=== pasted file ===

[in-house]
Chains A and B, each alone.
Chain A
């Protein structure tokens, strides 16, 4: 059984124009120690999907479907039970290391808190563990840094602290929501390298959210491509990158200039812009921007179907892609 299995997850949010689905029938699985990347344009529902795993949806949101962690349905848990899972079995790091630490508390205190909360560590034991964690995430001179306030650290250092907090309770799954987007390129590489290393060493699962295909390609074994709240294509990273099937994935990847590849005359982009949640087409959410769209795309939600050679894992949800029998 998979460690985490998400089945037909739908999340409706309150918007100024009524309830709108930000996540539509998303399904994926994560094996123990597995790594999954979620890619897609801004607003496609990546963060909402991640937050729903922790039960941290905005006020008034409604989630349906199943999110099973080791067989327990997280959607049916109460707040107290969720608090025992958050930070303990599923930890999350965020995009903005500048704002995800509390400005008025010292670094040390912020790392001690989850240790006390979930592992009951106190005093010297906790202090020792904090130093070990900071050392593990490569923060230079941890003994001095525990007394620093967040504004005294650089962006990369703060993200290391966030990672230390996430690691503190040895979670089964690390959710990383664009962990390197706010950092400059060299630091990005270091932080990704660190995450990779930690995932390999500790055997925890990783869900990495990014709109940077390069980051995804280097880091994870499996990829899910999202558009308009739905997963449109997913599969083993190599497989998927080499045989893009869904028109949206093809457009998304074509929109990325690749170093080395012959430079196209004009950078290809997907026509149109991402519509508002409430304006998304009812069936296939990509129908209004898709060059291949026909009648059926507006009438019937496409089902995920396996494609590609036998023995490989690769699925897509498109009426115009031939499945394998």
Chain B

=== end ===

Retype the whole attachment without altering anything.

[in-house]
Chains A and B, each alone.
Chain A
């Protein structure tokens, strides 16, 4: 059984124009120690999907479907039970290391808190563990840094602290929501390298959210491509990158200039812009921007179907892609 299995997850949010689905029938699985990347344009529902795993949806949101962690349905848990899972079995790091630490508390205190909360560590034991964690995430001179306030650290250092907090309770799954987007390129590489290393060493699962295909390609074994709240294509990273099937994935990847590849005359982009949640087409959410769209795309939600050679894992949800029998 998979460690985490998400089945037909739908999340409706309150918007100024009524309830709108930000996540539509998303399904994926994560094996123990597995790594999954979620890619897609801004607003496609990546963060909402991640937050729903922790039960941290905005006020008034409604989630349906199943999110099973080791067989327990997280959607049916109460707040107290969720608090025992958050930070303990599923930890999350965020995009903005500048704002995800509390400005008025010292670094040390912020790392001690989850240790006390979930592992009951106190005093010297906790202090020792904090130093070990900071050392593990490569923060230079941890003994001095525990007394620093967040504004005294650089962006990369703060993200290391966030990672230390996430690691503190040895979670089964690390959710990383664009962990390197706010950092400059060299630091990005270091932080990704660190995450990779930690995932390999500790055997925890990783869900990495990014709109940077390069980051995804280097880091994870499996990829899910999202558009308009739905997963449109997913599969083993190599497989998927080499045989893009869904028109949206093809457009998304074509929109990325690749170093080395012959430079196209004009950078290809997907026509149109991402519509508002409430304006998304009812069936296939990509129908209004898709060059291949026909009648059926507006009438019937496409089902995920396996494609590609036998023995490989690769699925897509498109009426115009031939499945394998």
Chain B